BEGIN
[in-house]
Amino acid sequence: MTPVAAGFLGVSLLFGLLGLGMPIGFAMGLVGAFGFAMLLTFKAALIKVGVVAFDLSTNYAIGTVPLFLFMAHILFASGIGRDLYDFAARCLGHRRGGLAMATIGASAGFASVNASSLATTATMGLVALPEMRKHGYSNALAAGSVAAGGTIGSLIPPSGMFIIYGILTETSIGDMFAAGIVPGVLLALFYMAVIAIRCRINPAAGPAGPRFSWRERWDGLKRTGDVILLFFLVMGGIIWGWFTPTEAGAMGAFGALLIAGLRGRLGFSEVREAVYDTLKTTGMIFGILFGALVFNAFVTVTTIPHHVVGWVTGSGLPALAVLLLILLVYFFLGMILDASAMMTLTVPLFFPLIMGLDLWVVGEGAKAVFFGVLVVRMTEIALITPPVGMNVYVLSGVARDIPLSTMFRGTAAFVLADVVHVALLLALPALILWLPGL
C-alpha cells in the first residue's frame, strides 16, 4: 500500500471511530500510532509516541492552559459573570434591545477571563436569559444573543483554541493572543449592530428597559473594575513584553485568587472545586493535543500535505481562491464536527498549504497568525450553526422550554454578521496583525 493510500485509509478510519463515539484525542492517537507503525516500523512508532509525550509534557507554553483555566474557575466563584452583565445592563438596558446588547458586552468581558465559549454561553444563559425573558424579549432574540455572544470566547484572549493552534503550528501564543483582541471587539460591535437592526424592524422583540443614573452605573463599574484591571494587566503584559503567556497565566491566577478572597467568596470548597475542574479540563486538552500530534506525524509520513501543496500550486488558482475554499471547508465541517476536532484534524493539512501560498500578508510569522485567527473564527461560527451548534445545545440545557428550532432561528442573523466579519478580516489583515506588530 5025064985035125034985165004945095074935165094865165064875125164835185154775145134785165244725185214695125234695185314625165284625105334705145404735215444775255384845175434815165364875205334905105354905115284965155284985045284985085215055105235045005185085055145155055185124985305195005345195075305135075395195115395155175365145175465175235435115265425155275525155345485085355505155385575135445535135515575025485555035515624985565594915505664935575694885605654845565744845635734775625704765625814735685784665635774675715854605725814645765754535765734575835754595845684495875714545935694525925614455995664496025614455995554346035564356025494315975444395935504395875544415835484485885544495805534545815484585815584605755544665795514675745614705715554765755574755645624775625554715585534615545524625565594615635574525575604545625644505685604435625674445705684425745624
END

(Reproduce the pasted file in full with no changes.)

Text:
[in-house]
Amino acid sequence: MTPVAAGFLGVSLLFGLLGLGMPIGFAMGLVGAFGFAMLLTFKAALIKVGVVAFDLSTNYAIGTVPLFLFMAHILFASGIGRDLYDFAARCLGHRRGGLAMATIGASAGFASVNASSLATTATMGLVALPEMRKHGYSNALAAGSVAAGGTIGSLIPPSGMFIIYGILTETSIGDMFAAGIVPGVLLALFYMAVIAIRCRINPAAGPAGPRFSWRERWDGLKRTGDVILLFFLVMGGIIWGWFTPTEAGAMGAFGALLIAGLRGRLGFSEVREAVYDTLKTTGMIFGILFGALVFNAFVTVTTIPHHVVGWVTGSGLPALAVLLLILLVYFFLGMILDASAMMTLTVPLFFPLIMGLDLWVVGEGAKAVFFGVLVVRMTEIALITPPVGMNVYVLSGVARDIPLSTMFRGTAAFVLADVVHVALLLALPALILWLPGL
C-alpha cells in the first residue's frame, strides 16, 4: 500500500471511530500510532509516541492552559459573570434591545477571563436569559444573543483554541493572543449592530428597559473594575513584553485568587472545586493535543500535505481562491464536527498549504497568525450553526422550554454578521496583525 493510500485509509478510519463515539484525542492517537507503525516500523512508532509525550509534557507554553483555566474557575466563584452583565445592563438596558446588547458586552468581558465559549454561553444563559425573558424579549432574540455572544470566547484572549493552534503550528501564543483582541471587539460591535437592526424592524422583540443614573452605573463599574484591571494587566503584559503567556497565566491566577478572597467568596470548597475542574479540563486538552500530534506525524509520513501543496500550486488558482475554499471547508465541517476536532484534524493539512501560498500578508510569522485567527473564527461560527451548534445545545440545557428550532432561528442573523466579519478580516489583515506588530 5025064985035125034985165004945095074935165094865165064875125164835185154775145134785165244725185214695125234695185314625165284625105334705145404735215444775255384845175434815165364875205334905105354905115284965155284985045284985085215055105235045005185085055145155055185124985305195005345195075305135075395195115395155175365145175465175235435115265425155275525155345485085355505155385575135445535135515575025485555035515624985565594915505664935575694885605654845565744845635734775625704765625814735685784665635774675715854605725814645765754535765734575835754595845684495875714545935694525925614455995664496025614455995554346035564356025494315975444395935504395875544415835484485885544495805534545815484585815584605755544665795514675745614705715554765755574755645624775625554715585534615545524625565594615635574525575604545625644505685604435625674445705684425745624